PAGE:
To receive our monthly updates, please add your email address and click on the "Sign Up" button.

©2018 by myisraelhome.com. Proudly created with Wix.com

 
  • Gedaliah Borvick

What's In A Name?

Updated: Dec 18, 2018


Baka/Geulim neighborhood sign (Gedaliah Borvick)

After the establishment of the State of Israel, municipal governments across the country created new Hebrew neighborhood names to replace existing foreign language names. However, most of these new titles were never accepted by the public. Let’s discuss some examples in Jerusalem.


A client once asked me, “I noticed on the map that Gonen is well located, so why have I never heard of this Jerusalem community?” I explained that he is familiar with Gonen but he, as well as everyone else, refers to the community by its original name of Katamon.  Nestled between Talbieh to the northeast and the German Colony and the Greek Colony to the southeast, Katamon was established just before World War I, and its Greek name means “below the monastery,” alluding to the nearby San Simon monastery.


The Jerusalem municipality renamed the neighborhood Gonen, from the Hebrew meaning “to defend,” as it was the scene of numerous battles during Israel’s War of Independence. The new name never caught on.


To the immediate northeast of Katamon is the elegant neighborhood of Talbieh. Its name either stemmed from Khalif Ali abu-Taleb, whose relatives lived in the area, or is derived from the “El-Talbieh” prayer said by pilgrims on their trips to Mecca.  In 1958, the community was renamed Komemiyut, taken from the Bible which symbolizes our aspirations for a strong, secure and independent Jewish state. Komemiyut never caught on, and everyone refers to the neighborhood by its original name Talbieh.


Baka is a lovely upscale community located in southern Jerusalem. Baka is Arabic for “valley,” which alludes to Emek Refaim, the famous street which runs along the western border of the neighborhood. Baka was renamed Geulim, meaning “redemption,” because the Jewish immigrants felt redeemed from the bonds of the Diaspora. However, the new Hebrew name was never embraced by its residents.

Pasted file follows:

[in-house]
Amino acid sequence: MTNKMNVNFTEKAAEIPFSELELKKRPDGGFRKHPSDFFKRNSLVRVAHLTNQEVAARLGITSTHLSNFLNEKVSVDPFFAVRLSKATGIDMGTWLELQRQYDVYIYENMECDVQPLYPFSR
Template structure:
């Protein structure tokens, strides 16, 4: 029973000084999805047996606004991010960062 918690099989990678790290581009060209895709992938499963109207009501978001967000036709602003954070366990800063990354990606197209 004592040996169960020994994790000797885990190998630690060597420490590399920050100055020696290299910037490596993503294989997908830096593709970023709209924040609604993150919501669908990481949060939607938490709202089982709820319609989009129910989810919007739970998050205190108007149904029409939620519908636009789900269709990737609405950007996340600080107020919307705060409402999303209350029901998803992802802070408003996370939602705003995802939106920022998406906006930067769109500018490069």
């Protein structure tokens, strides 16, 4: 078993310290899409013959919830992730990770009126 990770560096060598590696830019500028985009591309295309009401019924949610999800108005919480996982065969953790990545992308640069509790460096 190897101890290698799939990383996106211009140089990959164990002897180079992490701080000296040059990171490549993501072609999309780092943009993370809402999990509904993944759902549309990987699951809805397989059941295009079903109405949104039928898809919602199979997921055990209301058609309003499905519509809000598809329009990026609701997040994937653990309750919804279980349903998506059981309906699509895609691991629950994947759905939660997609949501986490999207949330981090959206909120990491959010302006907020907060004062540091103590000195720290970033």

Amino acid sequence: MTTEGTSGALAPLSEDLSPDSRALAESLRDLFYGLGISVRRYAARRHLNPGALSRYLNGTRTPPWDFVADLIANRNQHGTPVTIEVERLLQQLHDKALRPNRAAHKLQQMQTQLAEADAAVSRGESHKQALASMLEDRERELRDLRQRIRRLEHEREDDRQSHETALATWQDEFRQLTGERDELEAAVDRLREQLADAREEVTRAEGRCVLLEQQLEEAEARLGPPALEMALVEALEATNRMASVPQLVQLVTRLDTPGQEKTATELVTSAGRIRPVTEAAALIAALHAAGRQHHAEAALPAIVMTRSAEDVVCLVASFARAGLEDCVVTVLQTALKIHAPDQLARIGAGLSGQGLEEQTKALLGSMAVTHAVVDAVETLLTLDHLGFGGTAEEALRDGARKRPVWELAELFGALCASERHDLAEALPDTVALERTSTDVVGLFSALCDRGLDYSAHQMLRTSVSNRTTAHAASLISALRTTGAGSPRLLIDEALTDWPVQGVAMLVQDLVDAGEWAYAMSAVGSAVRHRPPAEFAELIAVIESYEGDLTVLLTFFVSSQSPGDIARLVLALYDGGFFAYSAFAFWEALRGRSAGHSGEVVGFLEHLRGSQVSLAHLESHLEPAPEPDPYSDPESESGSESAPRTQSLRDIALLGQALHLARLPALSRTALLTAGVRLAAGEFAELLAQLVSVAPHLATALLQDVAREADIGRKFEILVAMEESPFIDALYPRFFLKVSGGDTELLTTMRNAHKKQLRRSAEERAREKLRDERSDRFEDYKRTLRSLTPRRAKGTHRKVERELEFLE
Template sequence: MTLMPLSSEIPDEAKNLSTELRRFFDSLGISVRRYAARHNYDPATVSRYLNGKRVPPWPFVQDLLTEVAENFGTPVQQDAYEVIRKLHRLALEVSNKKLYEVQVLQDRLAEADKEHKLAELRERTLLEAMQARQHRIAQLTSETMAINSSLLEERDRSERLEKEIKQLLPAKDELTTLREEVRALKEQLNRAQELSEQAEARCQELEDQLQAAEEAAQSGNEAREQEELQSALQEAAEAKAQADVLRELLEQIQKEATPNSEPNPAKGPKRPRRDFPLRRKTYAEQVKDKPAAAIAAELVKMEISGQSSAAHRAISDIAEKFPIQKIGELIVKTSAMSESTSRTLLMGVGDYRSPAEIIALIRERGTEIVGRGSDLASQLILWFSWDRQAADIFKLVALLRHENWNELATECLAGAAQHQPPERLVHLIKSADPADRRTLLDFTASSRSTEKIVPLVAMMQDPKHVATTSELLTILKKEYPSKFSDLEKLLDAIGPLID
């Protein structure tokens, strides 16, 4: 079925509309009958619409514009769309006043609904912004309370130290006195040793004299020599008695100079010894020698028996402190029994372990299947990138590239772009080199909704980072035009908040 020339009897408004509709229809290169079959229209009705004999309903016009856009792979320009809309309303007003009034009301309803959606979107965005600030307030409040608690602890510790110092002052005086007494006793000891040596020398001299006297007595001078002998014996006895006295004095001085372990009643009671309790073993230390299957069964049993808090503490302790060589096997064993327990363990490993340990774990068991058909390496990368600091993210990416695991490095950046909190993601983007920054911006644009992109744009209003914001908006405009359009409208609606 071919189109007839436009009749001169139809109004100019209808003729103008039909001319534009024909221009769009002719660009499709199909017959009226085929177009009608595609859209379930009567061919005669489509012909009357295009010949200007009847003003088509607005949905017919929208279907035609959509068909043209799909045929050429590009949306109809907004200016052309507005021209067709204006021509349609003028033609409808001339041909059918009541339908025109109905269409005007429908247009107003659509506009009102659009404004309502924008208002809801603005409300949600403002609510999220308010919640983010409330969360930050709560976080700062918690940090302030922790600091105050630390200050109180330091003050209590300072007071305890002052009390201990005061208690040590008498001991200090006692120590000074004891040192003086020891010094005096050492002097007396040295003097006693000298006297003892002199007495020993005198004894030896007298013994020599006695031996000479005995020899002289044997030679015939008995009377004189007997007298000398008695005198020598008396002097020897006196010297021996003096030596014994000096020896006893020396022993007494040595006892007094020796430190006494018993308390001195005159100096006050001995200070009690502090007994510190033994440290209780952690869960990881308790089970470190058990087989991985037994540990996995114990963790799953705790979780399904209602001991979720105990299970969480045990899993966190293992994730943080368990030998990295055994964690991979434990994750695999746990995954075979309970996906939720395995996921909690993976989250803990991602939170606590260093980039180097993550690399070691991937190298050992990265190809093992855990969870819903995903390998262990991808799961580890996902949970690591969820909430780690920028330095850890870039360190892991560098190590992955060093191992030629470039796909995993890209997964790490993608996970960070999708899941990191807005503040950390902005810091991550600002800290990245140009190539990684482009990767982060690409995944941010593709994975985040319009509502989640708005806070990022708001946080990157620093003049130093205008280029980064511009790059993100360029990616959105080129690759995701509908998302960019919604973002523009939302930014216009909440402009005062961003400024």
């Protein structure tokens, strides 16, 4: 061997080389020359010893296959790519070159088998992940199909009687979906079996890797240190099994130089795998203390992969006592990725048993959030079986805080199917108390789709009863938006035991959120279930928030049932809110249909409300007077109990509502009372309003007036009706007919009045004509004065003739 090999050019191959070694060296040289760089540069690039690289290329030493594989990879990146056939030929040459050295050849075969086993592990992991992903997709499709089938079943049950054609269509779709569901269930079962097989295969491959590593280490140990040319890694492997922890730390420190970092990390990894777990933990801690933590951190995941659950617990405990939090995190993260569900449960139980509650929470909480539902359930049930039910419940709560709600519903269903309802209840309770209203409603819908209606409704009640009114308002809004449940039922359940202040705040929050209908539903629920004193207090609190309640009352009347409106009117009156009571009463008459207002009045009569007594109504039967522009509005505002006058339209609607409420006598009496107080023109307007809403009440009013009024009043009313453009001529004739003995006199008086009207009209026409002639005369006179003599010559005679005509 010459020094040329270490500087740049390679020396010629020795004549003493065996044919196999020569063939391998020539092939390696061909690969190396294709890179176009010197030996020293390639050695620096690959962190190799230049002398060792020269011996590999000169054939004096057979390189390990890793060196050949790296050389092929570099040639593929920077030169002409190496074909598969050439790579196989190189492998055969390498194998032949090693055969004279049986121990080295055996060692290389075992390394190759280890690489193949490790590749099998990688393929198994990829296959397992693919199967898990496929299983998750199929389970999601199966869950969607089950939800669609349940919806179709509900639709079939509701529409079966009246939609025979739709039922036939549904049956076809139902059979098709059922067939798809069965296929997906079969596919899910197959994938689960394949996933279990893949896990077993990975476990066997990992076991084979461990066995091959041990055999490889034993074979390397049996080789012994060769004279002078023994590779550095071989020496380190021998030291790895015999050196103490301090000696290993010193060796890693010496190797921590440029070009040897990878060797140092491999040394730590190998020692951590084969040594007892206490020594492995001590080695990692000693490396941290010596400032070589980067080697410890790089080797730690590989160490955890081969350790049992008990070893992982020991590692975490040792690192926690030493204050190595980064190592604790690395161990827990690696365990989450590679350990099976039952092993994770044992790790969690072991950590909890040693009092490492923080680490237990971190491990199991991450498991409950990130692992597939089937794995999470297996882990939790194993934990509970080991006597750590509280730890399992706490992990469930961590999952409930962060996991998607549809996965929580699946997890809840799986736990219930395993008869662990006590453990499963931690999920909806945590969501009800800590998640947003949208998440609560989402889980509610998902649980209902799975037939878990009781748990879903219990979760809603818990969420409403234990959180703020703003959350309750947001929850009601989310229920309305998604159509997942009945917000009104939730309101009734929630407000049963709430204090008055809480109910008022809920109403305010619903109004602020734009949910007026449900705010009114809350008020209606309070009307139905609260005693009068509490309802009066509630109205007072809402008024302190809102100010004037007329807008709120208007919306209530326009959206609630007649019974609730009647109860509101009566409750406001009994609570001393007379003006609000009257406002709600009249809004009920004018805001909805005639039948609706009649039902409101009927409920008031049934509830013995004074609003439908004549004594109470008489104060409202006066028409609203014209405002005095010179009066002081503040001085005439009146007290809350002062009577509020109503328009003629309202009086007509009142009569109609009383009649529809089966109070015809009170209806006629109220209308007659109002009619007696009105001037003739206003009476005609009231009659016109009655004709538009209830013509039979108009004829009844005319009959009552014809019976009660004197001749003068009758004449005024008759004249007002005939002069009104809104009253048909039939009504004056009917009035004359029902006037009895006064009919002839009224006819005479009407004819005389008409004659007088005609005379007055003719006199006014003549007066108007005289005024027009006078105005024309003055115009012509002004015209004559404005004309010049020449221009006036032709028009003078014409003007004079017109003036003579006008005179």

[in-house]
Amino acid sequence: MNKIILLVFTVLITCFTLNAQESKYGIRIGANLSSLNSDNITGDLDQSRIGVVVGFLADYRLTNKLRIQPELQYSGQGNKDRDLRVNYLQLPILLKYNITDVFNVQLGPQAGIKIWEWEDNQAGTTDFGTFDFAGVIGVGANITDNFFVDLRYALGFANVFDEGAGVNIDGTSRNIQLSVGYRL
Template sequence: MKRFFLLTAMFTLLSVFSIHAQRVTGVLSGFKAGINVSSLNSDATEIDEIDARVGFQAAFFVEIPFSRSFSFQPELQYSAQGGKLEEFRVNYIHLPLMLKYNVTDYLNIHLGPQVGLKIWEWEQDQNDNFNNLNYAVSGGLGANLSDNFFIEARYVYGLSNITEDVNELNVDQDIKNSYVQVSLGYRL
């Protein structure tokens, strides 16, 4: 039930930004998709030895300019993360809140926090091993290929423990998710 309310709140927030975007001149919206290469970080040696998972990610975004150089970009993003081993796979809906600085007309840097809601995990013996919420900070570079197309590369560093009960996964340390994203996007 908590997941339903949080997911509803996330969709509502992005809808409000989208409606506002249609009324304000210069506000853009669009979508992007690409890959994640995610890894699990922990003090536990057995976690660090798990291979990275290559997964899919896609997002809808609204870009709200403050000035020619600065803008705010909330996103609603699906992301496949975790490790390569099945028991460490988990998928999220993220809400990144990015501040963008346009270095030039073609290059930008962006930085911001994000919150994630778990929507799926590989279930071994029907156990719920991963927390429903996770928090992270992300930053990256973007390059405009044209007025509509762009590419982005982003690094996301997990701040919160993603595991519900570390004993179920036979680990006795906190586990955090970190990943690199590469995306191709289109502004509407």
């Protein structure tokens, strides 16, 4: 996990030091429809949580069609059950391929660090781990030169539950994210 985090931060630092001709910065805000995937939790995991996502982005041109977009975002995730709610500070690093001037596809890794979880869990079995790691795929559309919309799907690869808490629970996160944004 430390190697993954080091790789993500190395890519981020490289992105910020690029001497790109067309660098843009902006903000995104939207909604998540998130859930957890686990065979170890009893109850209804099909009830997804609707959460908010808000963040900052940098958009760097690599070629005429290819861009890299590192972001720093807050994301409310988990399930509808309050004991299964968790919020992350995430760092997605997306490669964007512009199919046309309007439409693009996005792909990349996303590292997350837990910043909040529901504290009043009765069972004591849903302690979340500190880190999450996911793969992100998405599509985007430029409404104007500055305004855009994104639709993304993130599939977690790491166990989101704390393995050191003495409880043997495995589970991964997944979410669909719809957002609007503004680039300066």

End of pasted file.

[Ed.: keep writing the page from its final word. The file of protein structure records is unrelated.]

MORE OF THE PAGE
The history of Malcha, situated in the southwest corner of Jerusalem near the Biblical Zoo and home of the famous Malcha Mall, goes back over 3,500 years. Archeologists claim that this neighborhood was the site of Manahat, a Jewish village within the borders of the Tribe of Judah. Starting in the late 1800s, Muslims moved into this area and called it al-Maliha. During intense fighting in this area in 1948, the Muslim population fled to nearby Bethlehem and, after the war, the government settled displaced Jewish refugees from Middle Eastern countries, mainly Iraq, into the vacated buildings. One can understand why the Israeli government renamed this neighborhood Manahat. Nevertheless, this new-old name never stuck.


Why does the Israeli population prefer to retain non-Hebrew neighborhood names over the new, patriotic monikers? I discussed this question with several academics, and a variety of theories were proposed.  One suggestion is that many Israelis speak Arabic and therefore Arabic names do not have negative connotations. Perhaps that’s why so much Arabic has seeped into the Israeli lexicon; words like “sababa” – cool or awesome – “yalla” – let’s go – and “achla” – that’s great – come to mind.


The second theory is that the Jewish nation is a people steeped in history, who attribute meaning and relevance to the past. Accordingly, these interesting foreign language names add rich hues to Jerusalem’s vibrant cultural mosaic.


A third, and most popular, proposal is that people are creatures of habit. Most of these Hebrew names were approved a decade after Israel came into existence, and many years after these neighborhoods were originally established. By that time, the original names were entrenched in society’s collective memory. For example, I spent many years living in Far Rockaway and attended the White Shul. The fact that Congregation Kneseth Israel moved out of their original white building numerous years beforehand didn’t matter. Everybody called it the White Shul forty years ago, and everybody still does so today.  

Gedaliah Borvick is the founder of My Israel Home (www.myisraelhome.com), a real estate agency focused on helping people from abroad buy and sell homes in Israel. To sign up for his monthly market updates, contact him at gborvick@gmail.com

161 views